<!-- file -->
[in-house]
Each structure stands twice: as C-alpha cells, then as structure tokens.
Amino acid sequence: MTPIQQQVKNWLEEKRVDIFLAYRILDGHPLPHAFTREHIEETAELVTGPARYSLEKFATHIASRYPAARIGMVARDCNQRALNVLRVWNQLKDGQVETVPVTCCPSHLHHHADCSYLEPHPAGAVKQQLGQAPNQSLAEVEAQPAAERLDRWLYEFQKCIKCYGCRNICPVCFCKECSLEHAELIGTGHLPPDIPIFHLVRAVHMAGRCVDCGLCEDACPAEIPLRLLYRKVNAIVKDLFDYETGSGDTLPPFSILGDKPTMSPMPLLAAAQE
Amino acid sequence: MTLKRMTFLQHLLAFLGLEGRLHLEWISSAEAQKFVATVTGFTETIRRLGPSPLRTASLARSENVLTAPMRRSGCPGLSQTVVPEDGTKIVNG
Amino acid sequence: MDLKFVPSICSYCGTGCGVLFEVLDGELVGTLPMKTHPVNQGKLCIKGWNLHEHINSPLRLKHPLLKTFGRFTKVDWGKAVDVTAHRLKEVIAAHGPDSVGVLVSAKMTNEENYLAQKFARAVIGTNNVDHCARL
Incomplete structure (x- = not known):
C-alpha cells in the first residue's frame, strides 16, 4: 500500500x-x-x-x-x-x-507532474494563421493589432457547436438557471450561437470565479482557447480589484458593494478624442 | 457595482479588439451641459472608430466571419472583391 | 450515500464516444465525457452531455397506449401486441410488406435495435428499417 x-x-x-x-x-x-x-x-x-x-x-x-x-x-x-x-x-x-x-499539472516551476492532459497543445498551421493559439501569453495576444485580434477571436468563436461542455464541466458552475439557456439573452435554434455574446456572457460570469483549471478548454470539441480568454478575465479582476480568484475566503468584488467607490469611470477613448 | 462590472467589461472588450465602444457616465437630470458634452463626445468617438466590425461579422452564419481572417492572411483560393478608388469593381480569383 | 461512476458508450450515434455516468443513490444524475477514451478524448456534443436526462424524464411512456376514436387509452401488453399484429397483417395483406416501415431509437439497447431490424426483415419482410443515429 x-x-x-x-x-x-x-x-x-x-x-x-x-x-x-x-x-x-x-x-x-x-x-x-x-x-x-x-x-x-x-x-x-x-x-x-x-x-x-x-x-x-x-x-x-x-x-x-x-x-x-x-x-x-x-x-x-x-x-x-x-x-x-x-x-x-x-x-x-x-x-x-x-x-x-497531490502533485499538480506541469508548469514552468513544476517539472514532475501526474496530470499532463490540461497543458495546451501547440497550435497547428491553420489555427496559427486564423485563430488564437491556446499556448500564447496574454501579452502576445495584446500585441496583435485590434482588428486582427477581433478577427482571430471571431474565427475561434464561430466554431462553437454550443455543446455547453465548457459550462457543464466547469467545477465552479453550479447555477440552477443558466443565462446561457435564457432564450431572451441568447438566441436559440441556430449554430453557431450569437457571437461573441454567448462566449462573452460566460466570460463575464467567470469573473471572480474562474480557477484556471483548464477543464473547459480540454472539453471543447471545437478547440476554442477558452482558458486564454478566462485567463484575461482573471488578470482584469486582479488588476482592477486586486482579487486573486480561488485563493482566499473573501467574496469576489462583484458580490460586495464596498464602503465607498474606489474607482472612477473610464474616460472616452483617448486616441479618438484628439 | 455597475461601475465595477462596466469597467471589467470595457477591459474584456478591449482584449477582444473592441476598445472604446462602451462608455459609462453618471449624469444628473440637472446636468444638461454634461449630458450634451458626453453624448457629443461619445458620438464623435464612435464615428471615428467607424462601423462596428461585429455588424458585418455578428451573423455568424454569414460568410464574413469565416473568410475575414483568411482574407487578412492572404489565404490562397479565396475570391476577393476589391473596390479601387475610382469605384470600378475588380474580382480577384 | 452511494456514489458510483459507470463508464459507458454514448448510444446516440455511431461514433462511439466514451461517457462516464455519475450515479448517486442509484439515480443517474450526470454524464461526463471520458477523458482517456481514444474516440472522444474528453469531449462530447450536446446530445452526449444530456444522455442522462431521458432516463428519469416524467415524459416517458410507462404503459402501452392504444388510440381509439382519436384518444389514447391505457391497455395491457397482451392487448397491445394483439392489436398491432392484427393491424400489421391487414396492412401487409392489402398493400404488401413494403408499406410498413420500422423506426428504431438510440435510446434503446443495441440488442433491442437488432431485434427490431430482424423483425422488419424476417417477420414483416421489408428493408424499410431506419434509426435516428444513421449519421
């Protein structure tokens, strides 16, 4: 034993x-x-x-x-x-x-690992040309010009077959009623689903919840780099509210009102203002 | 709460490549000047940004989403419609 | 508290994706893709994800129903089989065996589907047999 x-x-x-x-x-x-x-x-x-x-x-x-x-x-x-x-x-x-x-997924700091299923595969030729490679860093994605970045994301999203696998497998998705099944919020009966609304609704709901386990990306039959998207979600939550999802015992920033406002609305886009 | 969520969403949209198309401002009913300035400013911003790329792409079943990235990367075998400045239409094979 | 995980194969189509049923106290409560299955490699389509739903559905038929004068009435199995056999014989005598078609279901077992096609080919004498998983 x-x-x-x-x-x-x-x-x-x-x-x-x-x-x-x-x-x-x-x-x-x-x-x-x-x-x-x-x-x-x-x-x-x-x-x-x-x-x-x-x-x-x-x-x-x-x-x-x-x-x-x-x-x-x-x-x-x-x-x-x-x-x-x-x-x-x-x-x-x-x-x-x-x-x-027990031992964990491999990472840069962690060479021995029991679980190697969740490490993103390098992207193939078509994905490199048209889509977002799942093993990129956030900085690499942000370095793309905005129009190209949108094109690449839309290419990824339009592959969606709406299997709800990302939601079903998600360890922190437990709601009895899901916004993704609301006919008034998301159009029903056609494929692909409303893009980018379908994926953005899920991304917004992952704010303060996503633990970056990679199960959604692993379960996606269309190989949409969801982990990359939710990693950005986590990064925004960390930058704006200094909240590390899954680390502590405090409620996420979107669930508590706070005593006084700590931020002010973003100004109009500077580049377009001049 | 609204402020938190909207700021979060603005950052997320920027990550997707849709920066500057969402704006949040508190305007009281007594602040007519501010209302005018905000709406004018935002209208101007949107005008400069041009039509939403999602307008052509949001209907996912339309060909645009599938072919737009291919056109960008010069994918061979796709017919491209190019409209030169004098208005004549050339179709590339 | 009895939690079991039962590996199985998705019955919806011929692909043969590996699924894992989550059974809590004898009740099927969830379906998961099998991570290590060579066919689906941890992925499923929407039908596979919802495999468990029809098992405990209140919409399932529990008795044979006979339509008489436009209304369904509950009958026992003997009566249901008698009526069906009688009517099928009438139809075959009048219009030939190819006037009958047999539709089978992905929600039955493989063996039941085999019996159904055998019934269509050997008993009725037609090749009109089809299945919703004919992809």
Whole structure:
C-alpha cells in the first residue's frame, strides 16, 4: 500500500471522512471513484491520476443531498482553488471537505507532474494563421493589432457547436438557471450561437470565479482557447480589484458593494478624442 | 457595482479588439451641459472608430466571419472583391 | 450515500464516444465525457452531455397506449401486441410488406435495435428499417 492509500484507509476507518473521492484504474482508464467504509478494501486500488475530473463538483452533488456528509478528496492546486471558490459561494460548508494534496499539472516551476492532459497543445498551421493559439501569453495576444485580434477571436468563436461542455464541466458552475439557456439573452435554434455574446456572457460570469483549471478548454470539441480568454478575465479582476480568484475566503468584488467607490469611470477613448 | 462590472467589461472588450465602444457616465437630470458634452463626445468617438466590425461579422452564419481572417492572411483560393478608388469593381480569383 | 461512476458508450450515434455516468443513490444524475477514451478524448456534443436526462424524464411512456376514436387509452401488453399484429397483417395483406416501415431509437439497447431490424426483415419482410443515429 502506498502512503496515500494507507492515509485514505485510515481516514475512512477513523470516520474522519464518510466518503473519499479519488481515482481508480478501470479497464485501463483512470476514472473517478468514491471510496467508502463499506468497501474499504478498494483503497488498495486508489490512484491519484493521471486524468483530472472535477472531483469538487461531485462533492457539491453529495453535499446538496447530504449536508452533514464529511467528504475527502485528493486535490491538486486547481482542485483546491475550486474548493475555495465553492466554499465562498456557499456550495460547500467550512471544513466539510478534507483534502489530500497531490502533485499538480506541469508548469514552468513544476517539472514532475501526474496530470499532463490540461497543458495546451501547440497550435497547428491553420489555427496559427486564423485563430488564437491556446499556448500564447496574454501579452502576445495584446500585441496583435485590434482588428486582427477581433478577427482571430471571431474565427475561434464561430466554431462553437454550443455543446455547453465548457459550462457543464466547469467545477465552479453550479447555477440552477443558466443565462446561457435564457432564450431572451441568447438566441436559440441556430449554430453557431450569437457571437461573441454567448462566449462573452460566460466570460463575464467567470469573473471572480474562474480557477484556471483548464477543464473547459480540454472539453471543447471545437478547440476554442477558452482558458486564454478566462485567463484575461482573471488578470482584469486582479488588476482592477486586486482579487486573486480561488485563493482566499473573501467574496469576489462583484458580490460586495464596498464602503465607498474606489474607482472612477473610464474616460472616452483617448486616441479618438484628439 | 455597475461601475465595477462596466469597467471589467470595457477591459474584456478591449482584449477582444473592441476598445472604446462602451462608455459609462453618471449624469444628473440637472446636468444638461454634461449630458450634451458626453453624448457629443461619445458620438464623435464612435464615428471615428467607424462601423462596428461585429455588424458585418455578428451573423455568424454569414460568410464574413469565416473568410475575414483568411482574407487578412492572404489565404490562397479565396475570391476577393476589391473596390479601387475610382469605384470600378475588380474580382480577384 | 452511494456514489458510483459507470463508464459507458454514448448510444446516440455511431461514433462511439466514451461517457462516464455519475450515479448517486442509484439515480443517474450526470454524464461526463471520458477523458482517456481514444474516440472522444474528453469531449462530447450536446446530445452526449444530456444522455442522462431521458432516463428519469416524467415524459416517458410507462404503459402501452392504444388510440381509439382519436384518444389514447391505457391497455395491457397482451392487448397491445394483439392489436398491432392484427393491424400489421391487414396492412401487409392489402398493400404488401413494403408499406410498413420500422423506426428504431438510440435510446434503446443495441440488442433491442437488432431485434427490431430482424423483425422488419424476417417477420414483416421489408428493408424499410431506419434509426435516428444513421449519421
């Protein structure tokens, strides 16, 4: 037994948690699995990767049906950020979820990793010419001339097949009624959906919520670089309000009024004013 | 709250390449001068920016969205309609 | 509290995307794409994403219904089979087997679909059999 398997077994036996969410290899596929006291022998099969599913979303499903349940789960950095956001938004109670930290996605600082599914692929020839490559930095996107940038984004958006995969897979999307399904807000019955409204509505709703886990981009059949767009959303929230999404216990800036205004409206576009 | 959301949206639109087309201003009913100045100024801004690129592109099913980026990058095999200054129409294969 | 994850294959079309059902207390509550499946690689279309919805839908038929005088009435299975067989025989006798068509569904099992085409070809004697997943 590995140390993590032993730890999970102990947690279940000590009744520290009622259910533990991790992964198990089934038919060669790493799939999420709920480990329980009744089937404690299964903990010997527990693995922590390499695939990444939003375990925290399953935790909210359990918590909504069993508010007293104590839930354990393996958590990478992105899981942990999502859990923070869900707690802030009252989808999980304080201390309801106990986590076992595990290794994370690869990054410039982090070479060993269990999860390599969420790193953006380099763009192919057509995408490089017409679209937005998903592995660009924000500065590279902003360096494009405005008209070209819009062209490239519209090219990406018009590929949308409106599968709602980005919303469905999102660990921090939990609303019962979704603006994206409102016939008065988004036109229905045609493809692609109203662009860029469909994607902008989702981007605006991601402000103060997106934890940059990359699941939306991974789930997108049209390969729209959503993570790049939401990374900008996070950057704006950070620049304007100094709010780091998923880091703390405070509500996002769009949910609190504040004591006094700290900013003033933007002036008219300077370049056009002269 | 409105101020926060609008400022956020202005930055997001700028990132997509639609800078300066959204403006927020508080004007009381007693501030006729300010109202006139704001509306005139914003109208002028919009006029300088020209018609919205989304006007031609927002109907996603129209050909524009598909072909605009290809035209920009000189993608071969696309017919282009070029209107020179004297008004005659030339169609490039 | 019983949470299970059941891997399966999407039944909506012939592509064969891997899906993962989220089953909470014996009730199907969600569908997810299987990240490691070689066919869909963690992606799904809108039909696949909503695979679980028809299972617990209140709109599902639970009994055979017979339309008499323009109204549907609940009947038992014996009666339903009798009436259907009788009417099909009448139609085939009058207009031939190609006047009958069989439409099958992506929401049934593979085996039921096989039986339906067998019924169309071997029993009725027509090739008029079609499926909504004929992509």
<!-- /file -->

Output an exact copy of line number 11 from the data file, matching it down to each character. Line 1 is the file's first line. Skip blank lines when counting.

């Protein structure tokens, strides 16, 4: 037994948690699995990767049906950020979820990793010419001339097949009624959906919520670089309000009024004013 | 709250390449001068920016969205309609 | 509290995307794409994403219904089979087997679909059999 398997077994036996969410290899596929006291022998099969599913979303499903349940789960950095956001938004109670930290996605600082599914692929020839490559930095996107940038984004958006995969897979999307399904807000019955409204509505709703886990981009059949767009959303929230999404216990800036205004409206576009 | 959301949206639109087309201003009913100045100024801004690129592109099913980026990058095999200054129409294969 | 994850294959079309059902207390509550499946690689279309919805839908038929005088009435299975067989025989006798068509569904099992085409070809004697997943 590995140390993590032993730890999970102990947690279940000590009744520290009622259910533990991790992964198990089934038919060669790493799939999420709920480990329980009744089937404690299964903990010997527990693995922590390499695939990444939003375990925290399953935790909210359990918590909504069993508010007293104590839930354990393996958590990478992105899981942990999502859990923070869900707690802030009252989808999980304080201390309801106990986590076992595990290794994370690869990054410039982090070479060993269990999860390599969420790193953006380099763009192919057509995408490089017409679209937005998903592995660009924000500065590279902003360096494009405005008209070209819009062209490239519209090219990406018009590929949308409106599968709602980005919303469905999102660990921090939990609303019962979704603006994206409102016939008065988004036109229905045609493809692609109203662009860029469909994607902008989702981007605006991601402000103060997106934890940059990359699941939306991974789930997108049209390969729209959503993570790049939401990374900008996070950057704006950070620049304007100094709010780091998923880091703390405070509500996002769009949910609190504040004591006094700290900013003033933007002036008219300077370049056009002269 | 409105101020926060609008400022956020202005930055997001700028990132997509639609800078300066959204403006927020508080004007009381007693501030006729300010109202006139704001509306005139914003109208002028919009006029300088020209018609919205989304006007031609927002109907996603129209050909524009598909072909605009290809035209920009000189993608071969696309017919282009070029209107020179004297008004005659030339169609490039 | 019983949470299970059941891997399966999407039944909506012939592509064969891997899906993962989220089953909470014996009730199907969600569908997810299987990240490691070689066919869909963690992606799904809108039909696949909503695979679980028809299972617990209140709109599902639970009994055979017979339309008499323009109204549907609940009947038992014996009666339903009798009436259907009788009417099909009448139609085939009058207009031939190609006047009958069989439409099958992506929401049934593979085996039921096989039986339906067998019924169309071997029993009725027509090739008029079609499926909504004929992509």